57% of Palestinians Support New Armed Intifada: Survey
In the absence of Israeli-Palestinian peace talks — which is, ostensibly , now — the majority of Palestinians support the return to an armed intifada against Israel, the Palestinian Center for Policy and Survey Research revealed on Monday.
According to the poll, 57% of Palestinians supported a fresh armed uprising, the last one having fizzled out around the death of Yasser Arafat in 2004. The Second Intifada, as it is widely known, led to the deaths of thousands of Israelis and Palestinians in a grisly melee of terrorist attacks and IDF operations that lasted nearly five years.
The survey noted a bump in the share of Palestinians supporting a new intifada, saying it stood at 49% just three months ago, before the recent spate of violence surrounding Israeli presence at the Temple Mount in Jerusalem before the Jewish high holy days.
Still, 63% of Palestinians said they supported non-violent resistance, and 51% supported the dissolution of the Palestinian Authority, whose leader, Mahmoud Abbas, received dismal marks among those questioned.
In fact, 65% of Palestinians want Abbas, who replaced Arafat as president of the PA and has remained ever since, to resign, though 83% support Abbas’ much touted policy of seeking recognition for a Palestinian state in international organizations, such as the International Criminal Court.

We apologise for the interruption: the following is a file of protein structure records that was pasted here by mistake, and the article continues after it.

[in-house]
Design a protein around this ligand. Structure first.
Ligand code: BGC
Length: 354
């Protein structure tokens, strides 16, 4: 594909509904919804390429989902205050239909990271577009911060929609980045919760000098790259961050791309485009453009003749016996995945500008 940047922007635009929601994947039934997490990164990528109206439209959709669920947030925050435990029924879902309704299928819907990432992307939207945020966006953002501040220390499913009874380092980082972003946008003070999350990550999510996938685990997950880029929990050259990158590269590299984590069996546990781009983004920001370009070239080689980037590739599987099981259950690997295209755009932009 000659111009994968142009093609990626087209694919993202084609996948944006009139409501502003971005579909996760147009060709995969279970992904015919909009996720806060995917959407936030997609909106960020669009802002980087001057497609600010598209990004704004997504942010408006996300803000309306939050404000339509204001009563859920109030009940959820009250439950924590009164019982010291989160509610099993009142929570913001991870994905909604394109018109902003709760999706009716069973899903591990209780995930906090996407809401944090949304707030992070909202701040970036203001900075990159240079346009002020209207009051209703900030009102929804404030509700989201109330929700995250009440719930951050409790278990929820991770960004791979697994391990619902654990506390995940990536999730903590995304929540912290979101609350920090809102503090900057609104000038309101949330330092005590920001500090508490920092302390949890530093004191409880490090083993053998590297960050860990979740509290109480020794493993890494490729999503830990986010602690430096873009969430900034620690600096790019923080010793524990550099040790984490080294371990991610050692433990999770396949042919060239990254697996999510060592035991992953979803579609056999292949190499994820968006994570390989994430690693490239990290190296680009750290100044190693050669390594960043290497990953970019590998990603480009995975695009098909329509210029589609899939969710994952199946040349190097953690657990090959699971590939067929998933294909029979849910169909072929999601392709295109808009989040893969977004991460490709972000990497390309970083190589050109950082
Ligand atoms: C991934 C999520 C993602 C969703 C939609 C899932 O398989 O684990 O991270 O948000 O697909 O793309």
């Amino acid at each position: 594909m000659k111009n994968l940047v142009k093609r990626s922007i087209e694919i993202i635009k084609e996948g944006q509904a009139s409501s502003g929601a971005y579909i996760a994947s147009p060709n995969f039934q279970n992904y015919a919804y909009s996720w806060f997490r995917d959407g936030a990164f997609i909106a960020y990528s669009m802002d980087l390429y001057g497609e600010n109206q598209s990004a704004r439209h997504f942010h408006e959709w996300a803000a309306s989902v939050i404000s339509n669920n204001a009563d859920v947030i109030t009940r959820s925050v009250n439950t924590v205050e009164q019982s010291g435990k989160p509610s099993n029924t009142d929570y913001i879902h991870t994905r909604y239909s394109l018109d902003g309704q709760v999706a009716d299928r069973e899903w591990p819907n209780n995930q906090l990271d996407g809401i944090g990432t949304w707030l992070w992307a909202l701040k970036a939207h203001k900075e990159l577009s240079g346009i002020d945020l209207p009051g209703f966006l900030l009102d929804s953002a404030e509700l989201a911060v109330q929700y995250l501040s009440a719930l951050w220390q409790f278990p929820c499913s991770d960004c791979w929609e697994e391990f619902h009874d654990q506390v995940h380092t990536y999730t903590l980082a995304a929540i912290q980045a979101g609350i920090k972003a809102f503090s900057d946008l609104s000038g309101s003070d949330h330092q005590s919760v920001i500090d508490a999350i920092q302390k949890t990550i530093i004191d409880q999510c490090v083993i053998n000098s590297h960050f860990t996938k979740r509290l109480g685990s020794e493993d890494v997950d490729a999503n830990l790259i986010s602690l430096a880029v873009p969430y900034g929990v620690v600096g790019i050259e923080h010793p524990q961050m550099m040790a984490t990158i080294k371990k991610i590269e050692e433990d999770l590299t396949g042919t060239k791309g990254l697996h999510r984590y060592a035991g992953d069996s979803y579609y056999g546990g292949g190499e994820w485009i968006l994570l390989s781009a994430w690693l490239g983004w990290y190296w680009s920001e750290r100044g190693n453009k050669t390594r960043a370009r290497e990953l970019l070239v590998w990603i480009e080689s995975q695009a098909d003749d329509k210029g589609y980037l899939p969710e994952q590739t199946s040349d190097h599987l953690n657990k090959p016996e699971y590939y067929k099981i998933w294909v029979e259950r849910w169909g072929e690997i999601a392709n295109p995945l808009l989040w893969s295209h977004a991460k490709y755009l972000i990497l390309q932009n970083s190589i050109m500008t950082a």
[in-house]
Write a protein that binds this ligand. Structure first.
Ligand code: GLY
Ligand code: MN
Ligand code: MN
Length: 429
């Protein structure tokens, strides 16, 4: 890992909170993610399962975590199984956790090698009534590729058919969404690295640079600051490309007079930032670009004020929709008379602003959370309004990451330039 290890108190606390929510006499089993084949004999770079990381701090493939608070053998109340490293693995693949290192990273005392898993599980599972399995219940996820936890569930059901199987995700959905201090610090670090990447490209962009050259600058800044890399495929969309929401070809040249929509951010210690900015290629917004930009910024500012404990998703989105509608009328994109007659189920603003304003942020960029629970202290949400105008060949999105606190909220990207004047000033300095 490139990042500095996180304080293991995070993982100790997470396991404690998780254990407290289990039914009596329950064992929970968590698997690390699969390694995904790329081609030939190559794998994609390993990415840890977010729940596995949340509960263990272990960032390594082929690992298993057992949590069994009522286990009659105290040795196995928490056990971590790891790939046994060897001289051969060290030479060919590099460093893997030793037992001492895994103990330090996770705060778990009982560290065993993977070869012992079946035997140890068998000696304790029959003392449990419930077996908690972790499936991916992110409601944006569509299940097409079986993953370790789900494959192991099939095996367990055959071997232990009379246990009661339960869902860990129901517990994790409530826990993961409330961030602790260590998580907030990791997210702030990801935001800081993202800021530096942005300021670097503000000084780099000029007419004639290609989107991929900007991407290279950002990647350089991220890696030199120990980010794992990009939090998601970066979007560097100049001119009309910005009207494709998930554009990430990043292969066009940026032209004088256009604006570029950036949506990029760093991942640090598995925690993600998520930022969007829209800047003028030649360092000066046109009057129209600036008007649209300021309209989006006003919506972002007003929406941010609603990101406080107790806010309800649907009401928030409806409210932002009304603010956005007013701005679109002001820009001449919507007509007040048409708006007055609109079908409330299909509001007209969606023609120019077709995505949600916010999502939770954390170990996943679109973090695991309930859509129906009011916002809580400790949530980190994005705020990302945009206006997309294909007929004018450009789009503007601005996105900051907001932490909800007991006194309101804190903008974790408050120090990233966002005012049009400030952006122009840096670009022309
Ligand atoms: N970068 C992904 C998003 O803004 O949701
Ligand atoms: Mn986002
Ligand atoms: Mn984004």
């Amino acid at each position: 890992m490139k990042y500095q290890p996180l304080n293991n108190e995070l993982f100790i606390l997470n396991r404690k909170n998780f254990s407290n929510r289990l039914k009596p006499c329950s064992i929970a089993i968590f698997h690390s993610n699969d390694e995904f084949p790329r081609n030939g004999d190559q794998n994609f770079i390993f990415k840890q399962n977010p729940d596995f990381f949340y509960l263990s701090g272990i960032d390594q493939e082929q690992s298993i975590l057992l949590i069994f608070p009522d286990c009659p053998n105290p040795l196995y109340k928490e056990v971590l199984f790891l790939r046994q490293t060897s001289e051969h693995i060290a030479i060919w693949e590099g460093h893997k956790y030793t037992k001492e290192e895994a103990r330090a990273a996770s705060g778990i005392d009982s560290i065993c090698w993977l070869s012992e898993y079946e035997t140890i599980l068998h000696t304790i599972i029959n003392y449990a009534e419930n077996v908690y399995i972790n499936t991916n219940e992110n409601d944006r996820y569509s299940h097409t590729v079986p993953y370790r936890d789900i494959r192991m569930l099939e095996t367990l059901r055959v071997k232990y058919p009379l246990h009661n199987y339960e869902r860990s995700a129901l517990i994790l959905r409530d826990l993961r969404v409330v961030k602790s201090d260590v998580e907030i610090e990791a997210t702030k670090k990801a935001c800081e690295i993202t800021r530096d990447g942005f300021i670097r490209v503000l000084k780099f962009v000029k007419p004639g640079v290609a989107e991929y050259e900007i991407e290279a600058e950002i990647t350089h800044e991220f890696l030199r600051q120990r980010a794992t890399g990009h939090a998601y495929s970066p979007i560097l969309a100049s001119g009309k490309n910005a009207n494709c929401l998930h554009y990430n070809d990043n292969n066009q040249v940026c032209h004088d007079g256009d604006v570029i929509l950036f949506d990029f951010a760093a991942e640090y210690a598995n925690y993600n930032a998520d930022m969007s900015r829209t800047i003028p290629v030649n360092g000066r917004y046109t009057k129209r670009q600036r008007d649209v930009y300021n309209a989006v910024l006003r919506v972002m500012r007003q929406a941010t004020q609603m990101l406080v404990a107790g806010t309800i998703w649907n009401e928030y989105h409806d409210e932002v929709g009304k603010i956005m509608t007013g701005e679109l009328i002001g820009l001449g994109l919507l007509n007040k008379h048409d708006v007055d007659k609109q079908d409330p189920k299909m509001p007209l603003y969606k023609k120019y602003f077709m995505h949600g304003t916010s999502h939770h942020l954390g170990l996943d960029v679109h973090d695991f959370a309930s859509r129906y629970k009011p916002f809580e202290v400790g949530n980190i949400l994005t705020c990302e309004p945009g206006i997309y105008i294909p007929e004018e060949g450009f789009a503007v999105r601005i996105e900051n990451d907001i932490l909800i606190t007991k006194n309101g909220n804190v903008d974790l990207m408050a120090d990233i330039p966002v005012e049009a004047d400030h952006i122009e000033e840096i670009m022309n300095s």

An overwhelming majority of Palestinians, at 88%, think the PA should bring Israel to the ICC to stand trial for building settlements on the “occupied territories,” an Israeli enterprise most Palestinians (65%) think has nullified prospects for a two-state solution.
The two-state solution, which is the most widely accepted vision for Israel and Palestinians’ political future, was opposed by the majority of Palestinians, at 51%. The survey noted three months ago that 48% had opposed it, while 51% had supported the idea of Israeli and Palestinian states coexisting side by side, though, when factoring in the poll’s margin of error the difference is probably negligible. However, only 30% support a one-state solution where Jews and Palestinians have equal rights.